Once You’re a Farm Kid . . .

IMG_1068
The Retired Preacher Who Was a Farm Kid Once-Upon-a-Time

She said she’d like me to go help pick some prunes for canning. Our pantry supply is running a little low. Prunes are on right now. Gotta go pick while the pickin’s good!

Okay. So we headed out to Brosi’s Sugartree Farm at Winston, Oregon to their “you-pick” orchard. Trees LOADED with purple fruit! With both of us filling buckets hung around our neck by small ropes we soon had our tubs and boxes filled. One-hundred-fifty-five pounds worth!

IMG_1070

 

In verity, it was a wonderful outing which we both thoroughly enjoyed.

The whole experience got me thinking, however. Reflecting on life, etc. I got to wondering why I enjoyed that little excursion so much. I think I know.

You see, in my early years (pre-college) I grew up on a farm near Outlook, Washington. We didn’t have a fruit orchard, but some of the neighbors up the road a ways did. I related to Ruth how I had picked prunes for that neighbor and got paid 25¢/box. If I filled 40 boxes/day I would earn $10.00. I could usually get my 40 boxes filled in about 8 hours, making $1.25/hour. That was good money for a teenager in the early ’60s, and I was happy to get it!

Farm work was my life, and the life of nearly everyone I knew. Every season had its own tasks that came around every year. Summers were filled with haying, irrigation, weeding, trucks, tractors, and machinery. Fall brought harvests of corn, sugar beets, mint, onions, and other crops. Winter also often found us in the fields husking field corn and filling our corn crib with the harvest. (I don’t think I’ve ever had colder fingers!) Early Spring signaled the time for plowing, discing, harrowing, and seeding the fields for the new crop year. Asparagus season began in mid-April and lasted until the end of June.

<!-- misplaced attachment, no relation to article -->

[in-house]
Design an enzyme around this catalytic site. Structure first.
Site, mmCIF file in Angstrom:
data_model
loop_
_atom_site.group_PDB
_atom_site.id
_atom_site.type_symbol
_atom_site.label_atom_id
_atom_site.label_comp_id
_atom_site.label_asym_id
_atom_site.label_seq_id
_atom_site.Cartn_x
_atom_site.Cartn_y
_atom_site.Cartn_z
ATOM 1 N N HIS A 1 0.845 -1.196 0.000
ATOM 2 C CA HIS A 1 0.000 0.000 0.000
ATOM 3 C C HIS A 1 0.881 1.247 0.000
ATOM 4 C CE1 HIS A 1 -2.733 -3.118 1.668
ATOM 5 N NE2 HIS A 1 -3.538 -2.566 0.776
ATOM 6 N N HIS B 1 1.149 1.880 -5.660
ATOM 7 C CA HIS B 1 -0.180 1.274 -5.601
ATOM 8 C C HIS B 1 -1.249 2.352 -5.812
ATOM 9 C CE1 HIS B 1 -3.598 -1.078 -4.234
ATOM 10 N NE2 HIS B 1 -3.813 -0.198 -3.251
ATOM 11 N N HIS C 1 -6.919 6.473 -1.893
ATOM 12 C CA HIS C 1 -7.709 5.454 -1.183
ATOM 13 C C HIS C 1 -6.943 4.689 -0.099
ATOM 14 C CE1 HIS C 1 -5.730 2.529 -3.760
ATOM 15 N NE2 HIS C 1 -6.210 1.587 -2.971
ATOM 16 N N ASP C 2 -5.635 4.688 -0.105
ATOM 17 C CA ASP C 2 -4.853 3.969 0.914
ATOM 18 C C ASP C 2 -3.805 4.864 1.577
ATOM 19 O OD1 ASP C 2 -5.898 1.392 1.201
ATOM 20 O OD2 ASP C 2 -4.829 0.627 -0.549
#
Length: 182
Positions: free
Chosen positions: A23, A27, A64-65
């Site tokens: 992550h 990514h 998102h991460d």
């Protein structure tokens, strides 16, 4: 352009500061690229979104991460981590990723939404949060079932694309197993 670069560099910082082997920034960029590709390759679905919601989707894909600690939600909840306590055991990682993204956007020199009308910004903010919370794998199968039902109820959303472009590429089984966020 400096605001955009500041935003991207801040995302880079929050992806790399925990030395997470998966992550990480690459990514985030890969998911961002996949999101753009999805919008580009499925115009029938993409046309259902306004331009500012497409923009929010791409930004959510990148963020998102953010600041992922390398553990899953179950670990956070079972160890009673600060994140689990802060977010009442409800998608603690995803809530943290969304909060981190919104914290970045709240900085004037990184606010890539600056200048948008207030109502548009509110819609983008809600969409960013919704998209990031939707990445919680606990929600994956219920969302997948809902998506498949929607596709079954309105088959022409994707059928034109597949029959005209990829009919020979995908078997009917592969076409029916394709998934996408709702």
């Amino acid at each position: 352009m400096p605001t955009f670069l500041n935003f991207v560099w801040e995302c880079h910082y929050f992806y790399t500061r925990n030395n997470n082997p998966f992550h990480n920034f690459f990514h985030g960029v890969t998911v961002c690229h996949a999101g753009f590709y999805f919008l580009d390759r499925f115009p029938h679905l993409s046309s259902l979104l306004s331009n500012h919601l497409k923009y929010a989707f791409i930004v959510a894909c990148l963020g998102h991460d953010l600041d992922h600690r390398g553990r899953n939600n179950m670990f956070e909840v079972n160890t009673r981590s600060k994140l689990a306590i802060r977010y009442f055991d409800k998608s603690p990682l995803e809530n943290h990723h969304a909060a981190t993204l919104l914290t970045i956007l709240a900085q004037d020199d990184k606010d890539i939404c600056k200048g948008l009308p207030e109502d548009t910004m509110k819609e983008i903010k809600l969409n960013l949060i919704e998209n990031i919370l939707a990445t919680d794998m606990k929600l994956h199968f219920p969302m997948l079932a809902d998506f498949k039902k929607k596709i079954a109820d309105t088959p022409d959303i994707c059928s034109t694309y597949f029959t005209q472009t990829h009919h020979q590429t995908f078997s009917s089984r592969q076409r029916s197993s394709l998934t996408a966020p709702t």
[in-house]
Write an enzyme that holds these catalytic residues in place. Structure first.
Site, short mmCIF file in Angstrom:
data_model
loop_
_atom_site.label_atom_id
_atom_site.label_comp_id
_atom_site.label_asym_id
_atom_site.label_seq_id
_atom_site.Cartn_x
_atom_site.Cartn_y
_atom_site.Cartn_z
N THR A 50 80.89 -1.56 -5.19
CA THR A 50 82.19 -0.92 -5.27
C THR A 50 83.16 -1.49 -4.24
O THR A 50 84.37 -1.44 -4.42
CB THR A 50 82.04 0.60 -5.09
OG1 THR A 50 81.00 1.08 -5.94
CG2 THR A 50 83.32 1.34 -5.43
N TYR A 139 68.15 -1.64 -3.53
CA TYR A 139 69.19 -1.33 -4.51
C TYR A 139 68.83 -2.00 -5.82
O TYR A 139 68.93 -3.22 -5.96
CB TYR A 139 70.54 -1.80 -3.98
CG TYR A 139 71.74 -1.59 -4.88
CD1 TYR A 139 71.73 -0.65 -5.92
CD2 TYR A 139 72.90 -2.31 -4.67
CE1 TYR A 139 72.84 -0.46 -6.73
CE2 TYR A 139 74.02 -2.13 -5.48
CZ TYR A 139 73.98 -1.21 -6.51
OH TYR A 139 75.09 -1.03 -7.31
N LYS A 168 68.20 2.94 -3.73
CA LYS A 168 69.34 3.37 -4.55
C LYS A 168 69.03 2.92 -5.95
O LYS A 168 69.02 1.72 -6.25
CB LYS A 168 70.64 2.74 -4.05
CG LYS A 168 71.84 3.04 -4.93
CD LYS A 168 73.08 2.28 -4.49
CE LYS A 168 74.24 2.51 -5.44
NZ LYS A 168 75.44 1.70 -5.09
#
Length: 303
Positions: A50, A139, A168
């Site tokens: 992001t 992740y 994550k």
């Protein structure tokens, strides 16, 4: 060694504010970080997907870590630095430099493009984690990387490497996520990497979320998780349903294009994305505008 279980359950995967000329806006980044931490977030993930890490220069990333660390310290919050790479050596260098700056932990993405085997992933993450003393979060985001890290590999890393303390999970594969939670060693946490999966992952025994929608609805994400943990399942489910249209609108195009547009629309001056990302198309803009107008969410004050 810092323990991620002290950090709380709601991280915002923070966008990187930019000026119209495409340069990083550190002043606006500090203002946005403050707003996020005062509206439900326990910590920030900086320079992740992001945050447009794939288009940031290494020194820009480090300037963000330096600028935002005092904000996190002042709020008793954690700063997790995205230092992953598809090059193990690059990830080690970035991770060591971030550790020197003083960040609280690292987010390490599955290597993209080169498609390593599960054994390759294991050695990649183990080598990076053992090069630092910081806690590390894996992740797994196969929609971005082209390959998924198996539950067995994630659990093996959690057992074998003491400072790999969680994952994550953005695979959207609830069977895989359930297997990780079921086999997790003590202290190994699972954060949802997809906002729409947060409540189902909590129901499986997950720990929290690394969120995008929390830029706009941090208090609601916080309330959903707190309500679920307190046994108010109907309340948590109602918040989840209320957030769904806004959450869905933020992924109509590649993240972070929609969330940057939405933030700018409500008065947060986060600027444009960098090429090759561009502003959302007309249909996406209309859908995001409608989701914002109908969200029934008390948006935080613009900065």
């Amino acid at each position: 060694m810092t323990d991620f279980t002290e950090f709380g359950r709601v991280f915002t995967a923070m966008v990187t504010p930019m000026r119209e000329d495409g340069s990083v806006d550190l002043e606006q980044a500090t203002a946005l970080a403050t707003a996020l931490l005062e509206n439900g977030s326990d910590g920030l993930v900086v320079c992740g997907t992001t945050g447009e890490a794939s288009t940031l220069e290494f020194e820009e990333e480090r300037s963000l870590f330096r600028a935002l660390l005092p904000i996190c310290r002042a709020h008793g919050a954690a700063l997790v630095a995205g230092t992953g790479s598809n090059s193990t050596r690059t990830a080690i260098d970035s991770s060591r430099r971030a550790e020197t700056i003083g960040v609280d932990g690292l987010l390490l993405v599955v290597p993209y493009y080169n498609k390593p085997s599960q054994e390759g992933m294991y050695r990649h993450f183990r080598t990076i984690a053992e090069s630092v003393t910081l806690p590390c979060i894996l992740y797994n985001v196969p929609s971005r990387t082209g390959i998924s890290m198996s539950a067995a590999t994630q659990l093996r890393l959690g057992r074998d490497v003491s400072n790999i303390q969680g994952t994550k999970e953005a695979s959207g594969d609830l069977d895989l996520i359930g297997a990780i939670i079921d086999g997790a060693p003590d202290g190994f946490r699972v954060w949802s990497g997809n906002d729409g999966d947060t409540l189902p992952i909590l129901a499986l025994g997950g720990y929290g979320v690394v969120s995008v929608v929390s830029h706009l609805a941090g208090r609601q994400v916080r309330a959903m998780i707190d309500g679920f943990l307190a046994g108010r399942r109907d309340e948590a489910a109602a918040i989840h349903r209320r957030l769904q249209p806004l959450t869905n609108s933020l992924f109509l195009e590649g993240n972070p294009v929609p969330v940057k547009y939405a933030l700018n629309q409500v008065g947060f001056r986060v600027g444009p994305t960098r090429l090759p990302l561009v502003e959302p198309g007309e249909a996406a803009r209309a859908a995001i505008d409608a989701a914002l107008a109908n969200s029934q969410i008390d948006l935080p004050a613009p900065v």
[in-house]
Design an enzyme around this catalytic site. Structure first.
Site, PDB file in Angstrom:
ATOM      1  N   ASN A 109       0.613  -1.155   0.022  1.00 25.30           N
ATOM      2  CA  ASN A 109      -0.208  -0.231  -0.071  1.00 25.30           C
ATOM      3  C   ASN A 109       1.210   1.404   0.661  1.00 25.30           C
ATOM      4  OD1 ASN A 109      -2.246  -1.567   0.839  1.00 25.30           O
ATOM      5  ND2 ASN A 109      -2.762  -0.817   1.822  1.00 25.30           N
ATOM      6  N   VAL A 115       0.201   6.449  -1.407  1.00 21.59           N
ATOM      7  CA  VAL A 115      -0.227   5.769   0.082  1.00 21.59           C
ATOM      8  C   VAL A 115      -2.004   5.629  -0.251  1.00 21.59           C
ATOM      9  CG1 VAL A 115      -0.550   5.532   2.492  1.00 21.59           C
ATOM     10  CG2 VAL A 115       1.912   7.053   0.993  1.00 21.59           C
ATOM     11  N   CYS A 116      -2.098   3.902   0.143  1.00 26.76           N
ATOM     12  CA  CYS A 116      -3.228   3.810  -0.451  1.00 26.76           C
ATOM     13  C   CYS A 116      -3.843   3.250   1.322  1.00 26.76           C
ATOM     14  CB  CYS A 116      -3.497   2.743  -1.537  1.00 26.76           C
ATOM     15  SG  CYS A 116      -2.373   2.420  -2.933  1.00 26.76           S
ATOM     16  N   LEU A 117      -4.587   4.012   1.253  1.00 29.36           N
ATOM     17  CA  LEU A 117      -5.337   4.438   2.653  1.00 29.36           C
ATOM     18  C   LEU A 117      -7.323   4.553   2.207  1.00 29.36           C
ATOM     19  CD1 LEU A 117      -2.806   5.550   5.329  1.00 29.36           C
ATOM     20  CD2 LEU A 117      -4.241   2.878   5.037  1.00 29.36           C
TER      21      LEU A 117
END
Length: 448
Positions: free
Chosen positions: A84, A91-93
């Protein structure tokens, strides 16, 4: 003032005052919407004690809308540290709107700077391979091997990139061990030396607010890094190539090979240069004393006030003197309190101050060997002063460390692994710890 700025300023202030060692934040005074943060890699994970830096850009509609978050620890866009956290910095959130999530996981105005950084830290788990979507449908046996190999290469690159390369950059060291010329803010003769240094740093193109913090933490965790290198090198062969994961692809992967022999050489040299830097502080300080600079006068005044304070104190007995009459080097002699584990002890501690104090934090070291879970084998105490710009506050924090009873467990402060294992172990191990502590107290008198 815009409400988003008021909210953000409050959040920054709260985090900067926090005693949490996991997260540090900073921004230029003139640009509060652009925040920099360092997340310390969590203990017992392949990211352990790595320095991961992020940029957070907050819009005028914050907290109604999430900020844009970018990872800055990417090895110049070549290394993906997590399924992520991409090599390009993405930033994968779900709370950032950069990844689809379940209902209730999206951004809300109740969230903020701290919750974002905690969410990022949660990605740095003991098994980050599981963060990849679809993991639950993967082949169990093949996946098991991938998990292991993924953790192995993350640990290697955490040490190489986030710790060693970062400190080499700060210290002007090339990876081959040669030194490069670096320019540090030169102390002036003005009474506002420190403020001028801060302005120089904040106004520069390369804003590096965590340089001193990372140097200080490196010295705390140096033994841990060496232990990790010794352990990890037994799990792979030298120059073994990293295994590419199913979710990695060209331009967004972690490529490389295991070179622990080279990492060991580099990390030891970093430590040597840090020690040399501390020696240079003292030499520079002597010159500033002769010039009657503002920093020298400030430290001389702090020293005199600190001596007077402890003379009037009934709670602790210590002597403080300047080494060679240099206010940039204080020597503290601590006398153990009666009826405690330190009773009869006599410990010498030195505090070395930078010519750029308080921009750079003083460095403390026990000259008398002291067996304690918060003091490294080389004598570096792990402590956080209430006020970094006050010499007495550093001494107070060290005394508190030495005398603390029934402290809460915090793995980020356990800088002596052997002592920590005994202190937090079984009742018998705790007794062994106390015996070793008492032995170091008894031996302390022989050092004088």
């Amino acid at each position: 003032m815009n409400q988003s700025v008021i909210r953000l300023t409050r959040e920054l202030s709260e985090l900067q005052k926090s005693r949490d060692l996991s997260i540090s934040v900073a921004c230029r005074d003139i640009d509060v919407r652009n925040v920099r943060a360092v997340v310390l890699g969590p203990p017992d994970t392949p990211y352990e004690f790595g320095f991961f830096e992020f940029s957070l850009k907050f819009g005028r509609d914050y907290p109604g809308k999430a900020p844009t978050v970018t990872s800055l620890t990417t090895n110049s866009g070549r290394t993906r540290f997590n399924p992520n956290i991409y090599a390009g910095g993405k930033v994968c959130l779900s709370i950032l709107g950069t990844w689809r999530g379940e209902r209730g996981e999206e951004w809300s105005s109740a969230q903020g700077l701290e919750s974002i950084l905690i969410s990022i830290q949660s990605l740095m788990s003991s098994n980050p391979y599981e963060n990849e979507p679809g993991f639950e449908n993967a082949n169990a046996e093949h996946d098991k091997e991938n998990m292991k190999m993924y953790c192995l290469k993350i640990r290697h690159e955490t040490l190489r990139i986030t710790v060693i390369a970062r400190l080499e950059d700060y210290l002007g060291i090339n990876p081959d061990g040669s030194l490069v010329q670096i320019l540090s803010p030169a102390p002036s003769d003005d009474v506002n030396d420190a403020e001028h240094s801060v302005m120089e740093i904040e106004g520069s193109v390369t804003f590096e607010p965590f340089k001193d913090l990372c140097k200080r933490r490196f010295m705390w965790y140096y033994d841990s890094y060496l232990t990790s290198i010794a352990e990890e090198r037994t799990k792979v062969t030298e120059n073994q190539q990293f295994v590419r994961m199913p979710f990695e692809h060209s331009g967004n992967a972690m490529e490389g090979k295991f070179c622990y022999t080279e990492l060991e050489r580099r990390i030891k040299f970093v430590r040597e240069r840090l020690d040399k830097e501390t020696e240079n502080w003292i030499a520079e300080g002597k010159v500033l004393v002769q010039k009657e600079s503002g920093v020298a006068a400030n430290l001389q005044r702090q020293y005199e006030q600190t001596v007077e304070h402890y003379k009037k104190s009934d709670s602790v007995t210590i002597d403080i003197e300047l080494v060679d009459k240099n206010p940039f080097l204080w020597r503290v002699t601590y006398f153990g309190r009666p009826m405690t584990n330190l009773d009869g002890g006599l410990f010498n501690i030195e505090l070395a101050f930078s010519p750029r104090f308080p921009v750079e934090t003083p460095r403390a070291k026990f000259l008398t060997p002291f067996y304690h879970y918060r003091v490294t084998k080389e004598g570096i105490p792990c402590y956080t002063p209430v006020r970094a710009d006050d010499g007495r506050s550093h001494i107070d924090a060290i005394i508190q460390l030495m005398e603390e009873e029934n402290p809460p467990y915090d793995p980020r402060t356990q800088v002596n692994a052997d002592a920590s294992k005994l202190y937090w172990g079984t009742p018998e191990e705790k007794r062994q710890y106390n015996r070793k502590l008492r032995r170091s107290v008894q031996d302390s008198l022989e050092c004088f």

And, of course, caring for the animals (horses, cows, chickens, and an occasional sheep) was a year-long, every day responsibility. There was always something to do!

I’m old now. Well, getting there at least. I’ve retired after 40+ years of ministry. I’ve been a pastor, evangelist, missionary, youth leader, and gospel music vocalist. I have few regrets regarding my choice of life’s vocation. But the old adage is absolutely true: You can take the boy off the farm, but you can’t take the farm out of the boy!

And I realized that again yesterday in the prune orchard. I was completely surprised by the emotion I felt as I carried our fruit from the trees to the boxes in the trunk of the car. I walked on real dirt on a real farm, doing something akin to real farm work. Yes, I know, that tiny slice of time hardly qualifies to be worthy of notice compared to what real farmers do every day all the time. But the experience seriously felt good to me. Farming is in my blood, and there’s still an echo of familiarity somewhere deep in my soul that aligns with the fields.

It feels like home.